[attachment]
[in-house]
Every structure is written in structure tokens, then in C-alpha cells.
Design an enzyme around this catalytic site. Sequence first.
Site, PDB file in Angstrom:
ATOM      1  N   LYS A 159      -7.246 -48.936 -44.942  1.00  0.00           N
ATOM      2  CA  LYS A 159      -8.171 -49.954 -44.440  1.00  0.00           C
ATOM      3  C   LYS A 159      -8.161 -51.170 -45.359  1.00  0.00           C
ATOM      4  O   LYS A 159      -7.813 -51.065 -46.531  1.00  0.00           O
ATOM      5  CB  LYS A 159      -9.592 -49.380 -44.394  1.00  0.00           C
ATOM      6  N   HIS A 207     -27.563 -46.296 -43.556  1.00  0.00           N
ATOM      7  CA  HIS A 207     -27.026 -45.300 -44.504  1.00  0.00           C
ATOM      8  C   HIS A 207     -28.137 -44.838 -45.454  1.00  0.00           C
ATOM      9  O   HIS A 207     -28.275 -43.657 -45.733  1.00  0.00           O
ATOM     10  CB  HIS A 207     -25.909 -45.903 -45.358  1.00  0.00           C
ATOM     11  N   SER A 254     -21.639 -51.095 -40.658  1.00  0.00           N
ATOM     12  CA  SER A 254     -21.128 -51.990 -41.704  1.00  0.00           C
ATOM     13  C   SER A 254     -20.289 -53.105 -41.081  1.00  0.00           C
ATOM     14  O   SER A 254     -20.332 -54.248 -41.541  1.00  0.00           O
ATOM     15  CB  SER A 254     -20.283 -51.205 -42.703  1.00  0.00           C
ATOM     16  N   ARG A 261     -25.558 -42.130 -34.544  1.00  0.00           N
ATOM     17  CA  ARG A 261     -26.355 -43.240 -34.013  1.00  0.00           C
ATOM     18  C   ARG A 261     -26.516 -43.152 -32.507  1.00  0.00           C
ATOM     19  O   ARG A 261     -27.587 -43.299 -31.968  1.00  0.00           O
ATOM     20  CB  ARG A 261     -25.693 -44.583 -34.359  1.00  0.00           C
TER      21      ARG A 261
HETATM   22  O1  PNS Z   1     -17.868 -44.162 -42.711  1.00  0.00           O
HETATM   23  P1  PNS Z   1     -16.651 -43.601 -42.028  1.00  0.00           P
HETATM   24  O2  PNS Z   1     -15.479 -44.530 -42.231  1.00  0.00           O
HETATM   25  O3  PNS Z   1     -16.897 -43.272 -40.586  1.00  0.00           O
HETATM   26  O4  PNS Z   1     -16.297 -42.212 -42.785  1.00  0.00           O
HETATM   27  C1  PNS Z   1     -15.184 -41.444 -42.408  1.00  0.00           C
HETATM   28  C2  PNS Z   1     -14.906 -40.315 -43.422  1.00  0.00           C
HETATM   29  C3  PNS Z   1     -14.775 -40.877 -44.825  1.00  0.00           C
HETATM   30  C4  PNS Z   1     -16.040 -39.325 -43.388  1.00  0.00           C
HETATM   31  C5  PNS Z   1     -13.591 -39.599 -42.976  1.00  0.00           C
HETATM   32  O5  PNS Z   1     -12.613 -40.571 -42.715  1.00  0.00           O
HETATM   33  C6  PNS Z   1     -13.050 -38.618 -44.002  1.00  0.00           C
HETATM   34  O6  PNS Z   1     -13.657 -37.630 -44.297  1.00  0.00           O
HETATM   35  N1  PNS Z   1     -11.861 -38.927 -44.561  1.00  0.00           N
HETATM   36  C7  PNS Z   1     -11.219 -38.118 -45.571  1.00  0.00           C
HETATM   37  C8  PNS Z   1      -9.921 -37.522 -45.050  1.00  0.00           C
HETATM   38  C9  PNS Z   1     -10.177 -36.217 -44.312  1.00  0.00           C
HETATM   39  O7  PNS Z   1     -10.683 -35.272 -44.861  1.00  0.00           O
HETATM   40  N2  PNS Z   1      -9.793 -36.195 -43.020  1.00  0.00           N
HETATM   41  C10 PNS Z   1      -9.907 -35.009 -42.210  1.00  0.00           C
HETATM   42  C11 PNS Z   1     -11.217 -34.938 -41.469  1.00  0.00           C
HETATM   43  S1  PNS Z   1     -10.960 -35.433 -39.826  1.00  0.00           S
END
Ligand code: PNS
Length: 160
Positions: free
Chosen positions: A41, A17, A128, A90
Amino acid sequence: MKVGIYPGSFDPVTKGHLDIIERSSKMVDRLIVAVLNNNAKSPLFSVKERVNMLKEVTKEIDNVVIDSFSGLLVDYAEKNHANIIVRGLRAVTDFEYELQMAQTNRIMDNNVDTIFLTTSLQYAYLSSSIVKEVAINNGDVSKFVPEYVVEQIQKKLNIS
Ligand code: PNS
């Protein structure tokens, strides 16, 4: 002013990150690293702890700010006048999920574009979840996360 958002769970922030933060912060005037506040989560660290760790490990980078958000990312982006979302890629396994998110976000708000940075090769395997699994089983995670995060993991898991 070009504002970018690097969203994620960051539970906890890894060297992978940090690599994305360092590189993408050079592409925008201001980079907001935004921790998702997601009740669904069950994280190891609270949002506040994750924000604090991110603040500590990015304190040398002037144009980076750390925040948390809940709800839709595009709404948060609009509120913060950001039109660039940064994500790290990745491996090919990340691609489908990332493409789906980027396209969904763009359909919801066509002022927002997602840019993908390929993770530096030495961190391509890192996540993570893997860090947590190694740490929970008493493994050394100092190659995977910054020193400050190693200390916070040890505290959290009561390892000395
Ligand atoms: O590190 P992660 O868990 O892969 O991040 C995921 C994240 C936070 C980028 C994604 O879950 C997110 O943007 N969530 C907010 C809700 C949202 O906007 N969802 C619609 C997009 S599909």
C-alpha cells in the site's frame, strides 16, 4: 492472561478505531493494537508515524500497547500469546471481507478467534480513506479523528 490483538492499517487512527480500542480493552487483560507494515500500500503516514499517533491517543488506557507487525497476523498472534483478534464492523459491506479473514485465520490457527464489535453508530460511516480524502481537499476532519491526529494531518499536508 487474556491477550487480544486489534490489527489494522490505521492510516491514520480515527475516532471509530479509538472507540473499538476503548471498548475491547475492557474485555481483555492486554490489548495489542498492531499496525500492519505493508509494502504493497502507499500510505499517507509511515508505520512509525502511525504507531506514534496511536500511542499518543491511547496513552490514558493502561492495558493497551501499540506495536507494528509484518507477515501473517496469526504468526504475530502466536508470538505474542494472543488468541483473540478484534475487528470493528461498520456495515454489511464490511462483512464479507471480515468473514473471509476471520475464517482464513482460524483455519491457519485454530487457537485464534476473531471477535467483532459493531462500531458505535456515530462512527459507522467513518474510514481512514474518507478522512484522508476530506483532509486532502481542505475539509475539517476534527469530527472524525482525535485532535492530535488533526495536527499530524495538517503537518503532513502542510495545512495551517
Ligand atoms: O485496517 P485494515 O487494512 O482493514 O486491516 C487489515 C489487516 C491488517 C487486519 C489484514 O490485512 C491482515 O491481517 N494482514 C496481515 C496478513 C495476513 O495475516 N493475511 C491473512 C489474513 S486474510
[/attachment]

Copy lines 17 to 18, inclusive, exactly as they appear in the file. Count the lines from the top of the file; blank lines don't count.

ATOM     13  C   SER A 254     -20.289 -53.105 -41.081  1.00  0.00           C
ATOM     14  O   SER A 254     -20.332 -54.248 -41.541  1.00  0.00           O